drop in earnings, although the group remained downbeat on the prospects of an agriculture market recovery.
The US-based group said that it faced headwinds with both domestic sales, which "continues to be impacted by lower commodity prices and farm incomes", and abroad where "markets have also been affected by changing currency rates and global commodity price reductions".
Operating profits in irrigation fell by 29% to $19.9m for the March-to-May quarter, on revenues down 12% at $131.3m.
And the group held out little hope of recovery for now.
"While the longer term drivers to our markets remain positive, we do not see any significant indicators of near term improvements from the current cyclical downturn in agriculture," said Rick Parod, the Lindsay chief executive.
"We will continue to seek opportunities to improve our cost structure," he added, the day after seeds giant Monsanto unveiled plans for cost cuts, also foreseeing an extension of the agriculture market downturn.
Nonetheless, Lindsay shares touched $91.93 at one point, up 11.3% on the day, before easing to $90.70 in afternoon deals in New York, up 9.8% on the day.
The group's overall earnings, while down 22% at $12.9m on revenues down 5.4% at $160.7m, did not fall as far as investors had expected.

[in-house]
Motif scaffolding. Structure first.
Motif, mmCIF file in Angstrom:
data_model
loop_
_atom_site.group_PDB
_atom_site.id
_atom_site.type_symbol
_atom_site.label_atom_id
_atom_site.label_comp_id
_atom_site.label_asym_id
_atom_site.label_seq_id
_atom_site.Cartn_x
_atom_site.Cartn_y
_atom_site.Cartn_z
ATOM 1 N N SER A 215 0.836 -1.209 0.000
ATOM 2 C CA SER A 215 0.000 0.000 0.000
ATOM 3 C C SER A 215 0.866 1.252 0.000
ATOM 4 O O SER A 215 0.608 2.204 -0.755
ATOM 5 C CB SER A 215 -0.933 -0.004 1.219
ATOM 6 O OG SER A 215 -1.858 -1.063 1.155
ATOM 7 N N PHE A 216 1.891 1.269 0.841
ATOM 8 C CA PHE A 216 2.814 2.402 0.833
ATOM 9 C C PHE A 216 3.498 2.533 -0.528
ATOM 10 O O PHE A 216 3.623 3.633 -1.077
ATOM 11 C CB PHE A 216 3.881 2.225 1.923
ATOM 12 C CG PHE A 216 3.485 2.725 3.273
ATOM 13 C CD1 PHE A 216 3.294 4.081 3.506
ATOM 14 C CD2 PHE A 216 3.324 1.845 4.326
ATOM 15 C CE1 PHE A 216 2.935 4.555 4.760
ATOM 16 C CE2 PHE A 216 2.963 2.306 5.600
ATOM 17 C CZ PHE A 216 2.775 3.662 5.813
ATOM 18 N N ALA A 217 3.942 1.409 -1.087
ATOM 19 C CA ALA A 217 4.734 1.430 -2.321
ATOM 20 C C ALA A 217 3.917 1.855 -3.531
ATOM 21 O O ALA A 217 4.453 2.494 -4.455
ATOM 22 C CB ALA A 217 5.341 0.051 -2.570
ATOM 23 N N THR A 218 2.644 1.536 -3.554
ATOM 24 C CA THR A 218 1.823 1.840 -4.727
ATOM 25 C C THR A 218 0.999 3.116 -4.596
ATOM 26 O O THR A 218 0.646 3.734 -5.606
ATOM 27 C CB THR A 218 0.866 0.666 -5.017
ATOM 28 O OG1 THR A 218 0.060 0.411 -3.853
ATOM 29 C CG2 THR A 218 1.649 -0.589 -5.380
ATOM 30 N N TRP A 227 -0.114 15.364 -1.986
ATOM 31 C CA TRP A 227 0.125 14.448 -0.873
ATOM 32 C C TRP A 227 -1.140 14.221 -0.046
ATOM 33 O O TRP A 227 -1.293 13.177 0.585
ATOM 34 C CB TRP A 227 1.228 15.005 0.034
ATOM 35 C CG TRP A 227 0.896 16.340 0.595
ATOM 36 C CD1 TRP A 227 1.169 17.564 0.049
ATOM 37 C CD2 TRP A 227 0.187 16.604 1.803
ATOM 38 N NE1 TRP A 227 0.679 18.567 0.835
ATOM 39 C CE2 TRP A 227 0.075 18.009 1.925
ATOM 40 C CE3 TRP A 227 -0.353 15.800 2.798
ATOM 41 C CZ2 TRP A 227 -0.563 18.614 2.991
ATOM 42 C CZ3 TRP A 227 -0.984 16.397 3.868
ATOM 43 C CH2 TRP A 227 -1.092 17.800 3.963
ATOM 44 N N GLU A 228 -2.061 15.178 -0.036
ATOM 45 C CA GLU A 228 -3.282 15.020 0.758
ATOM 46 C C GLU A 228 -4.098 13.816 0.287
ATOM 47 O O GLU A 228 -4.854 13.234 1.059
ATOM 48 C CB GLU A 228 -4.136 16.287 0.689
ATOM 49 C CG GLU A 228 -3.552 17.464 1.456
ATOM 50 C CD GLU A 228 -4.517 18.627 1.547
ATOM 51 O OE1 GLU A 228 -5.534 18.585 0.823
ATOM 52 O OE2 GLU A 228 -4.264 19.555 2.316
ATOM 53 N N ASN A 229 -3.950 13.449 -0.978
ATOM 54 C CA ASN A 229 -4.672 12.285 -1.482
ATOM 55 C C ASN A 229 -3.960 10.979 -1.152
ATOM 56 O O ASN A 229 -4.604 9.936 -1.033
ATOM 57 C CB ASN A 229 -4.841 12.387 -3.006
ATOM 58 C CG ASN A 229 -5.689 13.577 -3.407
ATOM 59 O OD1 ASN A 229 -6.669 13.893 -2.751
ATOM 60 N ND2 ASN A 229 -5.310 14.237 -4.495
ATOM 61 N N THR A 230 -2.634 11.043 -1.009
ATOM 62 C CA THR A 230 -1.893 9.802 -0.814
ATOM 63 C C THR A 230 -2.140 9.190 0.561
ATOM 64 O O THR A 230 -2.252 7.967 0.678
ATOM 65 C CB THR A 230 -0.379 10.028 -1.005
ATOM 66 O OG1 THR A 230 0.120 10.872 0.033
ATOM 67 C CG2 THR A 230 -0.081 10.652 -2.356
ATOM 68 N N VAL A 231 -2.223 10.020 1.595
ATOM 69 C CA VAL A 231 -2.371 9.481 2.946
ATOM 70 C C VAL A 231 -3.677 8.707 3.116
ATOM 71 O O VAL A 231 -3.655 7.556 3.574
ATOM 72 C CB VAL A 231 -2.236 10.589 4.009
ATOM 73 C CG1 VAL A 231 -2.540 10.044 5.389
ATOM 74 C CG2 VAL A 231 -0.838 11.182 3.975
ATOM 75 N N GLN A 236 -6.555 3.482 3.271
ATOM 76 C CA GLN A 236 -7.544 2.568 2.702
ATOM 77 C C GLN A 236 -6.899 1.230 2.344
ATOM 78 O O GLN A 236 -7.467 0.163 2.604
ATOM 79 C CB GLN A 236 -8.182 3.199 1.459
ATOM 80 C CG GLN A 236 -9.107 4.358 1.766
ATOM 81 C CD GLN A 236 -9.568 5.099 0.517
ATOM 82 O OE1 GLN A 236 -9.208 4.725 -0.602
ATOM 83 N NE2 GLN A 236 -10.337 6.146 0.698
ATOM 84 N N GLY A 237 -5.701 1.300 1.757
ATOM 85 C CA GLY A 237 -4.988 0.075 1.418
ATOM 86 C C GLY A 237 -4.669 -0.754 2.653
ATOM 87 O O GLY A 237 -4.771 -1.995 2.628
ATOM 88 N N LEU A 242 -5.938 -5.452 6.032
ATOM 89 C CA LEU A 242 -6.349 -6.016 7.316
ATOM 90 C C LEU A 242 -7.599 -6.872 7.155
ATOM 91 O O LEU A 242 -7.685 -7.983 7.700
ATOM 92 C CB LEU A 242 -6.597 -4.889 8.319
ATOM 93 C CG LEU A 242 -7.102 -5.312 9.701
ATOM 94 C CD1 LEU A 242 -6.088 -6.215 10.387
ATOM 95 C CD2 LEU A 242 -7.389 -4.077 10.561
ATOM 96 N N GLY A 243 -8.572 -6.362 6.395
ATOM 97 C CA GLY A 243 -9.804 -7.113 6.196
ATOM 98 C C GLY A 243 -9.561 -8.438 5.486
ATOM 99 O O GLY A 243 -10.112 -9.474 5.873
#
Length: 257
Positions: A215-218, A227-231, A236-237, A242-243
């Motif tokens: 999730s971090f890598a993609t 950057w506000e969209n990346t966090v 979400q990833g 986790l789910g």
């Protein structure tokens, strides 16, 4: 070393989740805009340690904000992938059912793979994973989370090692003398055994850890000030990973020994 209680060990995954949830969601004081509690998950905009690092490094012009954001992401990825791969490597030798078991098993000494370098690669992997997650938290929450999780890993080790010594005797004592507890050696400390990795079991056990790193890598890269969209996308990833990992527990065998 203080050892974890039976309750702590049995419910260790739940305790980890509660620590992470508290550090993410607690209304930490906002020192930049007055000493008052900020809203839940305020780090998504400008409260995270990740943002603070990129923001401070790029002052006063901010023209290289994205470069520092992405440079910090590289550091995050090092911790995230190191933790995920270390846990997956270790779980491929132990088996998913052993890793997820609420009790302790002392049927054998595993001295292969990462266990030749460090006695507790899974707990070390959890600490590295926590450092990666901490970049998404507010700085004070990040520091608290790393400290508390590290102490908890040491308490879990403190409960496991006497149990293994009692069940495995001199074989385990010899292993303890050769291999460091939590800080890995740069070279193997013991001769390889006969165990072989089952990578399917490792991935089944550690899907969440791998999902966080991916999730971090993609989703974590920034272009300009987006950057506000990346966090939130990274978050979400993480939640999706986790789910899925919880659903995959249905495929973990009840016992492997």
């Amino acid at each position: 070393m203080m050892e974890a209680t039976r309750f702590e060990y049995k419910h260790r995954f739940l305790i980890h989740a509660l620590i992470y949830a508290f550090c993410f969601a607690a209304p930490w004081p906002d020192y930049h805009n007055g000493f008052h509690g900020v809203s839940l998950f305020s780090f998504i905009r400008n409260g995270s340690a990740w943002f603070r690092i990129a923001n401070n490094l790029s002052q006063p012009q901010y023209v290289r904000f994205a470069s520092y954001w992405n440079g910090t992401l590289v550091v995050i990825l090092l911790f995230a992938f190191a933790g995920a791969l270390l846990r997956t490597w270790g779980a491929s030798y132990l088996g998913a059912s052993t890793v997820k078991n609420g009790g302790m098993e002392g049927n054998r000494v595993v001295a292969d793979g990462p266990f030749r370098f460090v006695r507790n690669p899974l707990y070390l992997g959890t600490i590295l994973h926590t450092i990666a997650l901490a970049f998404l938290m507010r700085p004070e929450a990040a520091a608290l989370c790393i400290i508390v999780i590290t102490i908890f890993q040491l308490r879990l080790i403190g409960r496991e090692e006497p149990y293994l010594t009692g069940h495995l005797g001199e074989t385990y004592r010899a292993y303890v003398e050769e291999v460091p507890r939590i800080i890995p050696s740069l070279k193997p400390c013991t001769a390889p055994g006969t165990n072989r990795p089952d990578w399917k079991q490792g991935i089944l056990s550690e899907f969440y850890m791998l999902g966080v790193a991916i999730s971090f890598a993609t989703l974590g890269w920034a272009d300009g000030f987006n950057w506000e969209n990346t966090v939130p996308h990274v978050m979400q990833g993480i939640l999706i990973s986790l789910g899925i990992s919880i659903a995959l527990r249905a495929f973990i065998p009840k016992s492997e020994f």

Earnings per share came in at $1.10, well above the $0.80-per-share result that Wall Street had forecast.
Lindsay's smaller road infrastructure division achieved a seven-fold rose in operating profits in the latest quarter to $19.9m, on revenues up 19.1% at $24.9m.
"The infrastructure segment once again delivered very positive results in the quarter, reflecting increased market penetration and share gains," Mr Parod said.
The growth in infrastructure was led by road safety products, which achieved a 51% jump in sales.
In irrigation, the domestic division saw sales slip by a modest 2%, although that included a boost from the acquisition of Elecsys.
Foreign sales dropped by 27%, with Lindsay noting that "political instability in the Middle East and government sanctions in the Russia/Ukraine region continue to affect these markets".
Lower commodity prices could mean "large irrigation project delays", the group added.